You can control track pitch with a generous 100mm Tempo fader with center detent on both decks. A Key Lock/Tempo Reset button above it toggles Key Lock for the deck, and with Shift, it selects a tempo range for the deck from the limited ranges of ±8, 16 or 50%.

Above the jog wheels, each deck has a long horizontal touch strip called the Needle Search. This lets you skip very quickly to any point in the song by sliding your finger across it. The touch strip is responsive, and this feature provides an advantage; the only problem is that you have to be careful to not inadvertently touch the Needle Search while playing with the FX units, which are situated just above it.


Both the FX1 and FX2 units consist of four encoders and four buttons with Shift functions. These eight controls let you operate the entire FX Unit within the Serato DJ software. The buttons generally control FX on/off, Tap tempo, and two other effect-specific parameters that have stepped values. The knobs generally control the Level or Mix ratio of the effect, the timing of the beat syncing from 30 values (16th note triplet up to 32nd note dotted), and two other effects-specific parameters.

With the Shift key, the first three FX Unit buttons all go to an effects-select menu, while Shift + the 4th FX Unit button toggles the beat syncing from the track’s analyzed tempo to a Tap tempo function.

Again, the DDJ-SX effects sections and Panel Select buttons let you open the FX Units, select their effect from a list of 10, and then operate the FX Unit completely and ergonomically without ever touching the computer. They are an important performance element to the DDJ-SX. (See our Serato DJ review for more on the specific effects offered in the software.)


Within the compact but powerful Loop section, you can set the chosen length of loops, set and cancel auto loops, manually choose loop In and Out points, move the position of loops forward and backward in a track, choose the location out of 8 slots for a loop to be stored, and Reloop a cancelled loop.

If you have any loops already set an stored within a track, using Shift + Loop Active will activate the next upcoming loop in a track, so playback will begin to loop once the playhead gets there.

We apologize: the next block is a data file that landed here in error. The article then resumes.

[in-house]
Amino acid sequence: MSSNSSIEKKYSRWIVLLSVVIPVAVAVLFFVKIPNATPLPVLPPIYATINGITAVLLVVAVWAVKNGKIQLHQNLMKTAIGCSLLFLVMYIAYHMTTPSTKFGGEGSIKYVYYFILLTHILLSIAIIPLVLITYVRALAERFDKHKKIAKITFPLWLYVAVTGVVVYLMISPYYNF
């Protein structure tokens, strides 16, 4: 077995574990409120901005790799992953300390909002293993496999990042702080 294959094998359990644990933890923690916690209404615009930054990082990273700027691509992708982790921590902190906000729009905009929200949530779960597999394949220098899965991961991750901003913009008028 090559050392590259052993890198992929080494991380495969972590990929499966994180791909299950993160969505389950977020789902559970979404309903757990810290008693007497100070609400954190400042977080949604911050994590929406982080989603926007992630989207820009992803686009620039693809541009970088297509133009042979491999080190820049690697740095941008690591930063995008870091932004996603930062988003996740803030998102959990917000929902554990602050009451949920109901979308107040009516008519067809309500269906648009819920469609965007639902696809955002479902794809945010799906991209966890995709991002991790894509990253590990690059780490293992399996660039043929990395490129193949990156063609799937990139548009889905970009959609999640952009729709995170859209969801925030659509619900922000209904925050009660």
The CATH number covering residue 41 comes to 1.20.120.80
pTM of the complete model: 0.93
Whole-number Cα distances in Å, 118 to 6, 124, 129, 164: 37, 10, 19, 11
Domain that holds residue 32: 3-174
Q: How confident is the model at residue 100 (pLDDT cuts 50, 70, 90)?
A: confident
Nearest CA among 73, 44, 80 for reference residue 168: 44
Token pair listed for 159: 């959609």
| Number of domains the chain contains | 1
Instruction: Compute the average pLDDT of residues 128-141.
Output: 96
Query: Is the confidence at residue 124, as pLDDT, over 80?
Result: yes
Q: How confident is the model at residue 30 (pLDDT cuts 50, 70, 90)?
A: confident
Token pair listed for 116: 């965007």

Saving the best for last, we arrive at the eight rubber performance pads at the bottom of each deck. These pads are of dedicated drum controller quality, and feel very firm and sturdy across their entire area, even out to the corners. You can play them with one or two fingers in rapid-fire succession.

What makes the pads so incredibly useful are the four pad modes you can choose with the buttons above them: Hot Cue, Roll, Slicer, and Sampler.

Hot Cue mode is straightforward: you set and trigger the up-to 8 cue points per track with the pads, and use Shift + a pad to delete a cue point.

The Roll button enters the Loop Roll pad mode, which is a ton of fun. First you can use the Parameter1 arrow buttons to select the loop length ranges for the pads, which will show up in the deck display of the software. I like to use the lower loop lengths, because the way Loop Roll works is that the track plays back continuously, but when you hold down a pad, it triggers a loop for as long as you hold it down, and after which the track playback continues (as if you were in the Slip Mode mentioned earlier). This is a really fun way to add some expressive riffing to your DJing without much consequence for mistakes. If you do have a timing error in your Loop Roll triggering, the playback will continue afterward unaffected, so the damage is minimal.

Things get even more insane in Slicer mode. This mode slices a section of the playing track into 8 equal parts assigned to the pads. By using Shift + the Parameter buttons, you can choose the length of the section to be divided from 2 to 32 beats. Now when you hit the pads, the slices will play in looped fashion until you release the pad and playback resumes. With the Parameter keys, you can choose if the pads loop the entire sliced section, or if they loop only 1/2, 1/4, or 1/8 of the sliced section. The shorter the slices and the shorter the portion of the slices that loop, the buzzier the loop sounds will be.